Art Club encouraged students to develop their individual
talent. Bus rides were sponsored by the club so that they
could visit the Nelson Art Gallery. ln order for the students to
display their works, an art exhibit was planned for the library.
Art work 'on display included self-portraits, still lifes and
landscapes. President Ruthie Messer presided over meetings
with help coming from Toni Harris as vice-president and
Rhonda Manlove as secretary. Mr. Porter Price was sponsor.
Radio Club in its first year at Northtown utilized a ham
radio so that club members could contact people from japan,
Europe, Africa and other countries. Actual transmissions were
demonstrated to the student body during lunch hours, con-
tests were held between ham radio operators to test their
frequency level and a field day was planned for contests
between people from the entire Kansas City area.
Steve Cobb helped to plan events as president. Other of-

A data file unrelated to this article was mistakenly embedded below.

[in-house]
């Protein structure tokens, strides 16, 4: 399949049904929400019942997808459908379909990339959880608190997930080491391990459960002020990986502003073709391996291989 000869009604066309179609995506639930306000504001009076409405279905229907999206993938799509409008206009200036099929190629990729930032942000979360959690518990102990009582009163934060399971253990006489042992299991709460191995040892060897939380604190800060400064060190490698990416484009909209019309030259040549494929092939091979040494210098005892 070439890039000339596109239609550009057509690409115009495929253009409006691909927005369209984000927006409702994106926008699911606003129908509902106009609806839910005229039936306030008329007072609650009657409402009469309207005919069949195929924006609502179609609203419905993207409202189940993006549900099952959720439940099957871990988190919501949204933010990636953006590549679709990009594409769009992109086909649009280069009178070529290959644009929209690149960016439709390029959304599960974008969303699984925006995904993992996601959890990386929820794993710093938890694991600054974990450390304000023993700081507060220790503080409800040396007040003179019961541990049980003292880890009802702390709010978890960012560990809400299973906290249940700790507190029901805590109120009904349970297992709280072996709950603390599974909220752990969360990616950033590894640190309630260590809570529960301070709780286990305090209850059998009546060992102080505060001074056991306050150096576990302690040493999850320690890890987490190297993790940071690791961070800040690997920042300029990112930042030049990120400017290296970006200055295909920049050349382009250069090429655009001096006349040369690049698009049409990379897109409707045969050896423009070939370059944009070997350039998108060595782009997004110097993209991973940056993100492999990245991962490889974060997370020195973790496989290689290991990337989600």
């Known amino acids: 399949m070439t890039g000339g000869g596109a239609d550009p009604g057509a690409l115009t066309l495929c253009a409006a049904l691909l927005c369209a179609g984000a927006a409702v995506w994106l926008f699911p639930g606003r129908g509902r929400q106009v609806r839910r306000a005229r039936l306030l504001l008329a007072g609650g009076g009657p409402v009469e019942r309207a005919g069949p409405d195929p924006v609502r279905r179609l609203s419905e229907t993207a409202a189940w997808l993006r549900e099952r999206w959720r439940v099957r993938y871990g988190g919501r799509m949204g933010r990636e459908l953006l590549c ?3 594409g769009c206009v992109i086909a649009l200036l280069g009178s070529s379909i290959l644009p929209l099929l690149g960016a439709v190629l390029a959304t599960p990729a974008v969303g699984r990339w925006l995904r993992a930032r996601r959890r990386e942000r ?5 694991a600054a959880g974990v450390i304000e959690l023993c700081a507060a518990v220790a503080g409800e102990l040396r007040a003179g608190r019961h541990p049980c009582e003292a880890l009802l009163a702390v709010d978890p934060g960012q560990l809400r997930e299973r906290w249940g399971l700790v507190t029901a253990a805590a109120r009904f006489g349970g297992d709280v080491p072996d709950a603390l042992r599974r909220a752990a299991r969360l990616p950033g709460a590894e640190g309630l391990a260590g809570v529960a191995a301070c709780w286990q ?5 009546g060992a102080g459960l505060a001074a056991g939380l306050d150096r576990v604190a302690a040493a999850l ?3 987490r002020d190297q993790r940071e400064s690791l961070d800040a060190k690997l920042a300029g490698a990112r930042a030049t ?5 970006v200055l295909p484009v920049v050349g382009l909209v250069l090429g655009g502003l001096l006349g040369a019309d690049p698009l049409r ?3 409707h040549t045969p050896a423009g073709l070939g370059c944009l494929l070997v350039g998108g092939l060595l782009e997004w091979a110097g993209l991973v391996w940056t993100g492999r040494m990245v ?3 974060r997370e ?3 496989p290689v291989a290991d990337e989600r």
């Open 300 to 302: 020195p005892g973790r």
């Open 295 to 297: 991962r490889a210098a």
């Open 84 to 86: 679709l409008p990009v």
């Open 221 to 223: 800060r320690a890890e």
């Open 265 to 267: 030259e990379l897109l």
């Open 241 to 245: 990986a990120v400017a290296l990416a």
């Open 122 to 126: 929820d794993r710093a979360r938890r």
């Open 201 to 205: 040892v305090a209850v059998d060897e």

ficers of the club were Steve Shroeder as treasurer and Tom
Hepler as secretary. Mr. Wayne Beer was sponsor.
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Lori Duncan shows Tim McLain her painting at the April art show.
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g Tom Woody, Tom Hepler, Rex Durington, Kevin Wehner and
Robert Cromwell enjoyed matching their skills in chess.
Contemplating chess moves is important to Kevin Wehner and Mona Marshall.
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Mike Pignotti communicates with people from japan.
Ruthie Messer admires Kathy Vunovich's pink elephant.
Steve Schroeder tells Steve Cobb some information to transmit while Mike Pignotti watches.
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Young journalists gain valuable experience
Purgold and Buzz staffs experienced many problems and
joys unique to their respective journalism fields. The school
newspaper staff had a varied and interesting schedule. During
the first of the week the Buzz staff collected information on